Based on a new fire risk map released last week by the state, over half of Oregon’s land base is at extreme or high risk from wildfire, which could mean serious and potentially expensive implications for homeowners.
Roughly 80,000 landowners in Oregon fall into the high or extreme risk classification inside the newly defined wildland urban interface and have a structure on the property. If that’s you, it likely means new regulations intended to protect communities from wildfire. But it also means you could be required to make modifications to your home or areas surrounding your home, and you only have 60 days to appeal your home’s risk classification.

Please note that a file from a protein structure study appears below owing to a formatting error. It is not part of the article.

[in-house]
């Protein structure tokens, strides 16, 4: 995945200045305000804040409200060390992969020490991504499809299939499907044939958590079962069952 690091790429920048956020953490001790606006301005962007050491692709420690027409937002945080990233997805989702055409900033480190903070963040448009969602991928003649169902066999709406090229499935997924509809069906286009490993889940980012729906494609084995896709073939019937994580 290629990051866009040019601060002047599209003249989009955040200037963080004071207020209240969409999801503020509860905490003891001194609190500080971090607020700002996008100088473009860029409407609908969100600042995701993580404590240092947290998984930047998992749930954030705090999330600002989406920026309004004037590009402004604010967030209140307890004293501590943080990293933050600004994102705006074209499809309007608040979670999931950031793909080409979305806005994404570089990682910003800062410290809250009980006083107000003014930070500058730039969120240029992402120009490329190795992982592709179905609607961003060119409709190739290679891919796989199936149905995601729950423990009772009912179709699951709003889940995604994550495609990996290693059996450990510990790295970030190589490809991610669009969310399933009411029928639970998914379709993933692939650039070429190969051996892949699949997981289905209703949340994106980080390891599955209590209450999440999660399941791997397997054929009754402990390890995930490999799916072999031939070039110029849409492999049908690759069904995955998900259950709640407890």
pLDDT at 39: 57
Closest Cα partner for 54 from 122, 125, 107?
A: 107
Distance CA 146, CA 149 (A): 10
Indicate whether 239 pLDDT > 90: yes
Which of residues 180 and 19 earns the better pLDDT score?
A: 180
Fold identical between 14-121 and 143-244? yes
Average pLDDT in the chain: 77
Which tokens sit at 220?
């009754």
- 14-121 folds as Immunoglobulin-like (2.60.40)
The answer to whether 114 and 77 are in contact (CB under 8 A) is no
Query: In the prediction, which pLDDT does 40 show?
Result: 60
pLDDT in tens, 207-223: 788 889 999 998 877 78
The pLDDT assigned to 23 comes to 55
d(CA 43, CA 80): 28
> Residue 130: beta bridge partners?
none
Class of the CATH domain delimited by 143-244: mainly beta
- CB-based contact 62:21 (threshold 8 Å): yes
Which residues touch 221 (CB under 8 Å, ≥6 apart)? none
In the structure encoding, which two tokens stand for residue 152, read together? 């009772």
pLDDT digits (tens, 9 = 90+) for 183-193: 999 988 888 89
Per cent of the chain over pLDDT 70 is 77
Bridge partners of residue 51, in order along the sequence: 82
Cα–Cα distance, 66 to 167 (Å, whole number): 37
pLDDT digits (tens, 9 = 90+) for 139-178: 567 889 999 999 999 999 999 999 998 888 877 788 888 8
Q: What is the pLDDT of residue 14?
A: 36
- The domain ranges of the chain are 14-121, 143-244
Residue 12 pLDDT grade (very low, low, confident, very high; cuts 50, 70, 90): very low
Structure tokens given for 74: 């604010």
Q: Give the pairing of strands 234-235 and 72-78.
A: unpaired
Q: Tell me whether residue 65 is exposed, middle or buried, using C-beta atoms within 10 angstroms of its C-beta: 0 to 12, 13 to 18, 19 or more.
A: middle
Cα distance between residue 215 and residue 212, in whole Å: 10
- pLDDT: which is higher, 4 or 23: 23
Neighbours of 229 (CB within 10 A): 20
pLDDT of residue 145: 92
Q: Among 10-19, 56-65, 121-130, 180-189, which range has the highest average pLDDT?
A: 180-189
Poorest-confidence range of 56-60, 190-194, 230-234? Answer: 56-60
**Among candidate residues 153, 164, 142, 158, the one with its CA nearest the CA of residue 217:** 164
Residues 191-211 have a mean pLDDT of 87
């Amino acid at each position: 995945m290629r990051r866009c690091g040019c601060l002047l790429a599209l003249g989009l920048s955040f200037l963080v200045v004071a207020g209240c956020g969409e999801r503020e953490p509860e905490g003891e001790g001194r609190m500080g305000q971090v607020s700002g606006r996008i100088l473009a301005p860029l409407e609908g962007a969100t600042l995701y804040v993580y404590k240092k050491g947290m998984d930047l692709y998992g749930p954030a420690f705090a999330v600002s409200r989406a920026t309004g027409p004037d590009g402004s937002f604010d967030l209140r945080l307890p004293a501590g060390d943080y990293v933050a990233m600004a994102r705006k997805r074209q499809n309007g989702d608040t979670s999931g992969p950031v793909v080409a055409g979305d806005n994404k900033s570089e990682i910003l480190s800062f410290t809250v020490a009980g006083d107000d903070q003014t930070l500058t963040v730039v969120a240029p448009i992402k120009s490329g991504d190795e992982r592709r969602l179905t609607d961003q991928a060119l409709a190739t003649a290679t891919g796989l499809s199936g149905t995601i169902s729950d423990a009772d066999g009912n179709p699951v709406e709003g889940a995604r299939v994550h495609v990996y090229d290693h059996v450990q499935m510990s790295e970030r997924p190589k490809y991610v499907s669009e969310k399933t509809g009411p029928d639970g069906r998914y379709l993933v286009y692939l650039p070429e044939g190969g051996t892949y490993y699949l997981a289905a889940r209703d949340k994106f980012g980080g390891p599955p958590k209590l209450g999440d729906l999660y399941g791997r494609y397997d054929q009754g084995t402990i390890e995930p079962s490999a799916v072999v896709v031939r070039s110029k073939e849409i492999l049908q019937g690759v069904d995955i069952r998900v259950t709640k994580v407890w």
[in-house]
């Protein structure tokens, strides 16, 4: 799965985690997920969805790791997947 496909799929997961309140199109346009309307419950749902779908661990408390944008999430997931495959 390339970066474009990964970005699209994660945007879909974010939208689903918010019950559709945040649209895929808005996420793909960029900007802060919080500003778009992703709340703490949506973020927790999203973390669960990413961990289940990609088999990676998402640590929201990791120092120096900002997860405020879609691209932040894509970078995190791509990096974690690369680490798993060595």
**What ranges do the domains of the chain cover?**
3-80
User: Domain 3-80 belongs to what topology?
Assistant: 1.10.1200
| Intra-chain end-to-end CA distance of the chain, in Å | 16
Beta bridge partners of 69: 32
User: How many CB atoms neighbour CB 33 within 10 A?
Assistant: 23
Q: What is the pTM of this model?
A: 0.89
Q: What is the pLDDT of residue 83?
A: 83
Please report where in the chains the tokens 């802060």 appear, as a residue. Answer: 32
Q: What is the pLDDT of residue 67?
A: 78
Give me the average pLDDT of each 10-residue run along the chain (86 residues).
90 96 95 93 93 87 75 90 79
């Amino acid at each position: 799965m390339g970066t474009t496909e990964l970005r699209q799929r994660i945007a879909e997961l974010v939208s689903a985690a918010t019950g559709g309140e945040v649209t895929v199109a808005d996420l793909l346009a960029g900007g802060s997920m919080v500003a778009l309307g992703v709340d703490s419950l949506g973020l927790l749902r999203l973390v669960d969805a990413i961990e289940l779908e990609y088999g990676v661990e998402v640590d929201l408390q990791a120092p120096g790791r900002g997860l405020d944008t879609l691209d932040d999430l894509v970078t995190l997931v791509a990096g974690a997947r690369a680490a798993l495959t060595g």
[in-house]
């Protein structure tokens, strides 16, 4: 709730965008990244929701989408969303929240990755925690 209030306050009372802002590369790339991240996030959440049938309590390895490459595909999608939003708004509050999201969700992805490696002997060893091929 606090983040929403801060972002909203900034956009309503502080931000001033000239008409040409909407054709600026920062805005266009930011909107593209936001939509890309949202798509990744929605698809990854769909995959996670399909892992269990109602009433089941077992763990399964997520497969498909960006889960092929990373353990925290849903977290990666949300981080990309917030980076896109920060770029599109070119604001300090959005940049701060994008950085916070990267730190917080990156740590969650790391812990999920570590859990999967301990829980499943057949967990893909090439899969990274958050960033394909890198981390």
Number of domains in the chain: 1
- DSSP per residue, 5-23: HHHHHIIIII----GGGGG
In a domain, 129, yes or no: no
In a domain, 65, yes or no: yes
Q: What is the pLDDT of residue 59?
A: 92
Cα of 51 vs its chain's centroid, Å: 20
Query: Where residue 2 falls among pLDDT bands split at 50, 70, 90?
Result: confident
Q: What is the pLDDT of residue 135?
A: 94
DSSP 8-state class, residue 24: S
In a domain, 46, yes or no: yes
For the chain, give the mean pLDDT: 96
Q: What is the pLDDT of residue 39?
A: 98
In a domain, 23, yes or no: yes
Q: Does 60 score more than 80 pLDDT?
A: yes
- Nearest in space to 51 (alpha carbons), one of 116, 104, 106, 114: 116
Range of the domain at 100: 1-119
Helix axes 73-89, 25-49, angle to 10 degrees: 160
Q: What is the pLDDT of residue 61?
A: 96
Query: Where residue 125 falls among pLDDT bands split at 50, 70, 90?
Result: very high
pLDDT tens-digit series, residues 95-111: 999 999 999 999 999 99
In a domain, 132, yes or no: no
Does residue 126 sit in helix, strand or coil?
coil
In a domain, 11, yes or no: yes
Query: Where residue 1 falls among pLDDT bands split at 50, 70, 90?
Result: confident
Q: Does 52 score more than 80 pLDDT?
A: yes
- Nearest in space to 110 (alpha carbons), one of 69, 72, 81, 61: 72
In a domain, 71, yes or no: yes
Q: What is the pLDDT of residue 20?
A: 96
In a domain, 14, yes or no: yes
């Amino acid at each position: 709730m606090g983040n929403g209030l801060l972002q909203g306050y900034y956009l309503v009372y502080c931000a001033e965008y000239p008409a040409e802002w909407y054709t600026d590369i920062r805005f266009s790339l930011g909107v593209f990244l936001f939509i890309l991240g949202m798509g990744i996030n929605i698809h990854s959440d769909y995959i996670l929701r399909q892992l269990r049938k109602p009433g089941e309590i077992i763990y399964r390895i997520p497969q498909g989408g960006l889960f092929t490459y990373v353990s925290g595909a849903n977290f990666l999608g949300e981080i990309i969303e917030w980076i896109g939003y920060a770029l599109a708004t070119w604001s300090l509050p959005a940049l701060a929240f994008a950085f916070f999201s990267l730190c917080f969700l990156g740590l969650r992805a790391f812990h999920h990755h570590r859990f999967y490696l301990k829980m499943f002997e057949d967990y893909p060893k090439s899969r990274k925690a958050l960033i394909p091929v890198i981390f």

For some homeowners building or modifying a home, new rules might dictate what kind of roof, siding, windows, patios and decks you can have. It also could require you cut back trees, shrubs, grasses or other fuel for fire around your home.
As a result of Senate Bill 762 passed in the Legislature last year, the state has defined what qualifies as the wildland urban interface (where residential development is near forested areas) and is preparing to adopt new requirements for building codes and for defensible space around homes. There may also be changes to statewide land use planning programs and local plans and zoning codes.
Find out what your fire risk is by entering your address into the new interactive map.